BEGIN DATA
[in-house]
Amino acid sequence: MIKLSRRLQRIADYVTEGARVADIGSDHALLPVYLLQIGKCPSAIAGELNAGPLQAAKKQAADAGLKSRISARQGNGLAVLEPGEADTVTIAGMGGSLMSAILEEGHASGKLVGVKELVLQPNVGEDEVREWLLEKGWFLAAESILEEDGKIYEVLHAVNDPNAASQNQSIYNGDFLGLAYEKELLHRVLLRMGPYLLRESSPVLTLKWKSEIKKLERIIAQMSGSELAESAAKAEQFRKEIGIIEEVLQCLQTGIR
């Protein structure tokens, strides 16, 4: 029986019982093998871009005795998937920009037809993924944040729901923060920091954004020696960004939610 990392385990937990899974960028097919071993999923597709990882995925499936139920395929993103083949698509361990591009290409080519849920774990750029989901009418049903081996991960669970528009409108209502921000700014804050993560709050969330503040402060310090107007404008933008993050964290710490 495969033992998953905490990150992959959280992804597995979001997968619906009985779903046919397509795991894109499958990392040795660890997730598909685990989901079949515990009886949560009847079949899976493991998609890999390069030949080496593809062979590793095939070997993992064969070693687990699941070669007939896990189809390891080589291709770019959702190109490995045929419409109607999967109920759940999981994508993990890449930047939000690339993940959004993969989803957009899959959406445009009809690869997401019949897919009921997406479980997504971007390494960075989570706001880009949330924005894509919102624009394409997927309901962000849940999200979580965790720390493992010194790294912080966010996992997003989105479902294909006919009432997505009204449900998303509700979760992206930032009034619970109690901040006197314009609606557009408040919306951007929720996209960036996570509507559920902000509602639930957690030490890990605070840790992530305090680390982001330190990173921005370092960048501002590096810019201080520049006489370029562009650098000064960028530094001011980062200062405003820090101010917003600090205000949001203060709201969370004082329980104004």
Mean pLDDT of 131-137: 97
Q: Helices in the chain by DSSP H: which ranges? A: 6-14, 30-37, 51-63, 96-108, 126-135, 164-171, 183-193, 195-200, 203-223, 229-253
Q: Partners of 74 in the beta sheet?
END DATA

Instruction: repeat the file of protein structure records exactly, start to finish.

[in-house]
Amino acid sequence: MIKLSRRLQRIADYVTEGARVADIGSDHALLPVYLLQIGKCPSAIAGELNAGPLQAAKKQAADAGLKSRISARQGNGLAVLEPGEADTVTIAGMGGSLMSAILEEGHASGKLVGVKELVLQPNVGEDEVREWLLEKGWFLAAESILEEDGKIYEVLHAVNDPNAASQNQSIYNGDFLGLAYEKELLHRVLLRMGPYLLRESSPVLTLKWKSEIKKLERIIAQMSGSELAESAAKAEQFRKEIGIIEEVLQCLQTGIR
């Protein structure tokens, strides 16, 4: 029986019982093998871009005795998937920009037809993924944040729901923060920091954004020696960004939610 990392385990937990899974960028097919071993999923597709990882995925499936139920395929993103083949698509361990591009290409080519849920774990750029989901009418049903081996991960669970528009409108209502921000700014804050993560709050969330503040402060310090107007404008933008993050964290710490 495969033992998953905490990150992959959280992804597995979001997968619906009985779903046919397509795991894109499958990392040795660890997730598909685990989901079949515990009886949560009847079949899976493991998609890999390069030949080496593809062979590793095939070997993992064969070693687990699941070669007939896990189809390891080589291709770019959702190109490995045929419409109607999967109920759940999981994508993990890449930047939000690339993940959004993969989803957009899959959406445009009809690869997401019949897919009921997406479980997504971007390494960075989570706001880009949330924005894509919102624009394409997927309901962000849940999200979580965790720390493992010194790294912080966010996992997003989105479902294909006919009432997505009204449900998303509700979760992206930032009034619970109690901040006197314009609606557009408040919306951007929720996209960036996570509507559920902000509602639930957690030490890990605070840790992530305090680390982001330190990173921005370092960048501002590096810019201080520049006489370029562009650098000064960028530094001011980062200062405003820090101010917003600090205000949001203060709201969370004082329980104004």
Mean pLDDT of 131-137: 97
Q: Helices in the chain by DSSP H: which ranges? A: 6-14, 30-37, 51-63, 96-108, 126-135, 164-171, 183-193, 195-200, 203-223, 229-253
Q: Partners of 74 in the beta sheet?